Ward B Councilwoman Mira Prinz-Arey expressed concerns over the six-month fees, which would be $200 for adult residents (18 to 61), and $75 for children and seniors. Those fees are doubled for non-residents.

McLaughlin responded that the fees were as low as they could possibly be and that membership rates at Pershing Pool hadn’t been increased in 10 to 15 years, as well as that some municipalities charge $650 for six months.

“We spoke about sponsors. Is there any way … that grant money could go to sponsorship for these children with these parents that have a financial challenge?” Council President Joyce Watterman asked.

McLaughlin said that would be unlikely for this summer, prompting Watterman to follow up and ask if perhaps crime prevention grants could be utilized.

“If children are active, then that is preventing them from getting into mischief,” she argued.

McLaughlin said they were looking at their options.

“Is there any way we could do a family rate?” Gilmore inquired.

McLaughlin said they’d done everything they could to get the rates as low as possible, though Gilmore said he was still concerned about the cost of summer camp.

He suggested that a mother on public assistance should be eligible for a special family rate.

“We need to get through this season and see what the rollout is,” McLaughlin answered.

She said lot of work went into making an exception for a slight increase in fees after revenues were particularly low last year.

“Why all of a sudden is there a crisis?” Ward C Council Rich Boggiano asked.

“It wasn’t sustainable how we have been operating,” McLaughlin repeated, noting that the COVID-19 pandemic disrupted a number of things.

“With taxes going up, up, up, there seems to be no money for anything,” Boggiano chided.

Watterman again said they could use grants if they were strategic.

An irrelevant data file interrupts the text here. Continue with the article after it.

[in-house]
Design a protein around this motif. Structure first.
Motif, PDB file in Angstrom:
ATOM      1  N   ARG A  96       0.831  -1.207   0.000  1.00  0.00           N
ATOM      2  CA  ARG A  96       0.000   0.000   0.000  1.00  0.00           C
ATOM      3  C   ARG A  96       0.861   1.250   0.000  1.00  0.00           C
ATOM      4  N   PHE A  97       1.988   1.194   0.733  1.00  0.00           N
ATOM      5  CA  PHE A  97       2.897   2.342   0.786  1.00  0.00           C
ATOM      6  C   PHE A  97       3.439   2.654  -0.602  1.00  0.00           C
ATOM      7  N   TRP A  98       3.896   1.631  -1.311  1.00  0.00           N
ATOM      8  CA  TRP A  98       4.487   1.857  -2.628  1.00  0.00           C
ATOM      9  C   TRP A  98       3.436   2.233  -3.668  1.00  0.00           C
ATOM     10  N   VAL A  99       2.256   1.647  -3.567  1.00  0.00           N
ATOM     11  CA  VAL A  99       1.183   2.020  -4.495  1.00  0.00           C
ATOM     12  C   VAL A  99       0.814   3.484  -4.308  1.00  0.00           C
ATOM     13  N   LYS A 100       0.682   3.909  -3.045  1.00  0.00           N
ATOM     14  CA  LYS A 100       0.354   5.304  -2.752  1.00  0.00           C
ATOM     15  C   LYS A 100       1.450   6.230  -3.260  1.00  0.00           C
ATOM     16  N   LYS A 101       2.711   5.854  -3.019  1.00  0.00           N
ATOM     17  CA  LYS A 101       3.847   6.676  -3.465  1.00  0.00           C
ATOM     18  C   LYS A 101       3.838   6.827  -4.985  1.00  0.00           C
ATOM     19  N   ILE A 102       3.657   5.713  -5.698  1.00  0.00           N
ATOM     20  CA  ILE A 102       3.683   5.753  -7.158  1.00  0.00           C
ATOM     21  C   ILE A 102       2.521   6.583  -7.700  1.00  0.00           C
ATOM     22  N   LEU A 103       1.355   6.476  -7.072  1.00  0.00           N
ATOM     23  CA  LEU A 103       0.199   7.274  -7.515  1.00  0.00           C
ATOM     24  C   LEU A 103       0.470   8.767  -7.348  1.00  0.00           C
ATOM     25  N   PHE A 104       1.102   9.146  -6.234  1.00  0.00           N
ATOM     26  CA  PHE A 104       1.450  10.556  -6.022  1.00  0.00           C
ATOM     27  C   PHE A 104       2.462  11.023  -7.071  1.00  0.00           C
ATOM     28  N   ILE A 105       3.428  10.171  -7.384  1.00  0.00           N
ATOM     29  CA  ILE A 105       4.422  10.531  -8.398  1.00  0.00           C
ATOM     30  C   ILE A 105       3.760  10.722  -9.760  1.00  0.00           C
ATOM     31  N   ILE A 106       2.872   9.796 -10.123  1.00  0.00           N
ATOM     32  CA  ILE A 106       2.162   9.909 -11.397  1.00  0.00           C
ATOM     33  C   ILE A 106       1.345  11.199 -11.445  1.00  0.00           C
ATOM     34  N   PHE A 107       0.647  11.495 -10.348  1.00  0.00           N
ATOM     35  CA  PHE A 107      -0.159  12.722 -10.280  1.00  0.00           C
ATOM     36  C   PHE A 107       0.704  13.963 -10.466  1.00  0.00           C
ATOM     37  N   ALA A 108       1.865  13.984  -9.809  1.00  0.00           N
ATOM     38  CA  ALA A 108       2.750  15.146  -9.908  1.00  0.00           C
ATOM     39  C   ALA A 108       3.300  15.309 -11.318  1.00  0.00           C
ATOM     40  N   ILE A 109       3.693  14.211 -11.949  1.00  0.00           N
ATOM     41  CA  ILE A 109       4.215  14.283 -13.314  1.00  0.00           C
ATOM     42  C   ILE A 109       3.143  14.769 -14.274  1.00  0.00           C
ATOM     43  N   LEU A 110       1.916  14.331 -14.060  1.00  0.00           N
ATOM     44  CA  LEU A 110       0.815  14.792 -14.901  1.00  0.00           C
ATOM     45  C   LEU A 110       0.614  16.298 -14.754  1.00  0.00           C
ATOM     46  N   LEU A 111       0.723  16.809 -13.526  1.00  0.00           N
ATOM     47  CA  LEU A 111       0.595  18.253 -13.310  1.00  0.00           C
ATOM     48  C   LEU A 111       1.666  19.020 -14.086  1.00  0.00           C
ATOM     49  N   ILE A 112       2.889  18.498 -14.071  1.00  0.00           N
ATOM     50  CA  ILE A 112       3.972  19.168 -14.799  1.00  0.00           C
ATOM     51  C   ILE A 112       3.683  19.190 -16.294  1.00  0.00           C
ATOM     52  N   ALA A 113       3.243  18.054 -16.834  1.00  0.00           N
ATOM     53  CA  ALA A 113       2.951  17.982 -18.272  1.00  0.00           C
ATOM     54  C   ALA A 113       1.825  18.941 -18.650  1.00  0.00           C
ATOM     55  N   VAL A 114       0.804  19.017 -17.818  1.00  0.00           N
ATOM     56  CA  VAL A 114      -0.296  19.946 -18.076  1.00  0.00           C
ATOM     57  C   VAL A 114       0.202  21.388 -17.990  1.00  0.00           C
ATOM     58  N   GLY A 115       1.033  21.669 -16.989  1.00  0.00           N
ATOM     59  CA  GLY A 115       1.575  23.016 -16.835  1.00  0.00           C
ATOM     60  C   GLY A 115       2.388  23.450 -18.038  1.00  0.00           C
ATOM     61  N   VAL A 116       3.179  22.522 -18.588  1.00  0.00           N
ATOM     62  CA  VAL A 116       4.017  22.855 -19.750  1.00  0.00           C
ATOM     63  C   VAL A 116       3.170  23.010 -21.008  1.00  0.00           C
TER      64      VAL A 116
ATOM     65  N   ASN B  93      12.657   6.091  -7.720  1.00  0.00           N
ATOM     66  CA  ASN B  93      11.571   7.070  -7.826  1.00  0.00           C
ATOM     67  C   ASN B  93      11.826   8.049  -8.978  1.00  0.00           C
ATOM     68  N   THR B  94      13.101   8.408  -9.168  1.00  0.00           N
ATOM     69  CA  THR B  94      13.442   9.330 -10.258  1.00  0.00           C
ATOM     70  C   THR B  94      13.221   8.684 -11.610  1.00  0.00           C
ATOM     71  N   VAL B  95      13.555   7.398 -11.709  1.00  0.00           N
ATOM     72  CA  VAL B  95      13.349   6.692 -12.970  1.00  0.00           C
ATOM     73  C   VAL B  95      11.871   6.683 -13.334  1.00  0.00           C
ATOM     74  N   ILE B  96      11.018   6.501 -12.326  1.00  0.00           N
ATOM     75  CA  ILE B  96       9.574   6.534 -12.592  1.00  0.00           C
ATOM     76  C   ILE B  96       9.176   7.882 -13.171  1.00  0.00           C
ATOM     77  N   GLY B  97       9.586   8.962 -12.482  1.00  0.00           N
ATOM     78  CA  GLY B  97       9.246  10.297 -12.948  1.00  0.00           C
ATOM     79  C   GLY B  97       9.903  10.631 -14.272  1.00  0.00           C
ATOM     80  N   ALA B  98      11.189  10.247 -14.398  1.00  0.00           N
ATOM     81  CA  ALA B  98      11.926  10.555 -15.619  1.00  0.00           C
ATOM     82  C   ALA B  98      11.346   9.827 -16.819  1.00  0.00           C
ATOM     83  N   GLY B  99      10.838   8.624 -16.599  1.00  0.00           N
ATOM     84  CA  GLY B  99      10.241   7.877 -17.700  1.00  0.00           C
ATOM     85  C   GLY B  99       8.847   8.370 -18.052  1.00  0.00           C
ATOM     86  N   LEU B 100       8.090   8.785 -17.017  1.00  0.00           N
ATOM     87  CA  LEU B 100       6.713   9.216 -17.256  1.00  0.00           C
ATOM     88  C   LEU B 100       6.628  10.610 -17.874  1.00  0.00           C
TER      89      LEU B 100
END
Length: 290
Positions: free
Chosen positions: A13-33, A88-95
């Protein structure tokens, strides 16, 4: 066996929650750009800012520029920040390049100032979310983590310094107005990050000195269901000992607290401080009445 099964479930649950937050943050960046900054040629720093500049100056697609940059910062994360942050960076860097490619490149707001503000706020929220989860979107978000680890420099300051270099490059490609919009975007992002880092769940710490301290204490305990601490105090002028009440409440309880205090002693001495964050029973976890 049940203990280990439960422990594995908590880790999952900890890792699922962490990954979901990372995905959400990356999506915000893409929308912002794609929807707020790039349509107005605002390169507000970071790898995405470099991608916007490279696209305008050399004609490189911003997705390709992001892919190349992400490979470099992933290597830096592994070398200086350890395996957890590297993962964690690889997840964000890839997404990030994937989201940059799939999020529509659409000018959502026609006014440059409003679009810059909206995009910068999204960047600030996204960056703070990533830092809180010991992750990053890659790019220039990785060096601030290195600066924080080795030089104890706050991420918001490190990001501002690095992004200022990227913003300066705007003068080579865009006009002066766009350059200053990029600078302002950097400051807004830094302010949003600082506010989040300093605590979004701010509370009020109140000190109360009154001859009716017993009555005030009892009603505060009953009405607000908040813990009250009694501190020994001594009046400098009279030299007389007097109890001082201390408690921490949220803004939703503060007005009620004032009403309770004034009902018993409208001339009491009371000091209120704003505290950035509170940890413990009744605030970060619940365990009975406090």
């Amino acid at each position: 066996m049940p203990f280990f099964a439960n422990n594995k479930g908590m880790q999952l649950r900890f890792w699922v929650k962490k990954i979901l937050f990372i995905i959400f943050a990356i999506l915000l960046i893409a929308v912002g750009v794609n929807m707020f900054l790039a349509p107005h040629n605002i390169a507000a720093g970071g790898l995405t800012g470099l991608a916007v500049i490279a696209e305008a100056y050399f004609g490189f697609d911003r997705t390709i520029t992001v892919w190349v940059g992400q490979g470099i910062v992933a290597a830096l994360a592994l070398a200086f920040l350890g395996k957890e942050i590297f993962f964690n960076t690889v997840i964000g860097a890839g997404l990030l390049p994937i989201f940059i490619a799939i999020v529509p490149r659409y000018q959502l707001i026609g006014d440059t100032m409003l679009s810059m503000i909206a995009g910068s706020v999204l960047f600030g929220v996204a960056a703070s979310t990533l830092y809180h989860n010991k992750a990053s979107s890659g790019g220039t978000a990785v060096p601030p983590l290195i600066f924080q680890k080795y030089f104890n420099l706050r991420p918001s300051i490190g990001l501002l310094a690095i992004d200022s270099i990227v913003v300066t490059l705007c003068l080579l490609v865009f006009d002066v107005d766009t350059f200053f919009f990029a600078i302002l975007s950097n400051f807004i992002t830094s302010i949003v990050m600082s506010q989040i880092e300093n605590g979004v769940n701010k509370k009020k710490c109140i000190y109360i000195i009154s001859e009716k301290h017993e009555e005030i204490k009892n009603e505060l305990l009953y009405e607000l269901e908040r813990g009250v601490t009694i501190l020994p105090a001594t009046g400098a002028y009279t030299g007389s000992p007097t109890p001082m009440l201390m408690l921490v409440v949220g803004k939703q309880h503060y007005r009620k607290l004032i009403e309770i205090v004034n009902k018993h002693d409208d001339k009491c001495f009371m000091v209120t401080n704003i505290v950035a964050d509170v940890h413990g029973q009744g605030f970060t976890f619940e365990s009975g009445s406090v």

“We need to get the input in now. Every department is falling short,” she added.

“This has been going on for the 25-plus years I’ve been engaged in recreation,” Councilman-at-Large Daniel Rivera said about the increased fees.

Councilwoman-at-Large Amy DeGise asked McLaughlin if she knew the last time fees had increases, to which she said most hadn’t changed in 18 years.

“We get a lot of complaints when locker rooms aren’t working well. People complain throughout the summer,” said DeGise, adding that the increase seemed worthwhile and made sense.

“I have yet to find a town that has lesser fees than we are proposing,” McLaughlin declared.

The Jersey City Council will convene tomorrow at City Hall, 280 Grove St., at 6 p.m. for their regular meeting, which will also stream live on Microsoft Teams.

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  1. Just another way to pocket bet money is found for raises. It’s gonna cost more when these kids get into trouble cause they have nothing else to do. Time for new leadership that can find ways to help poor families stop giving tax breaks to development around this city and there will be money for other things.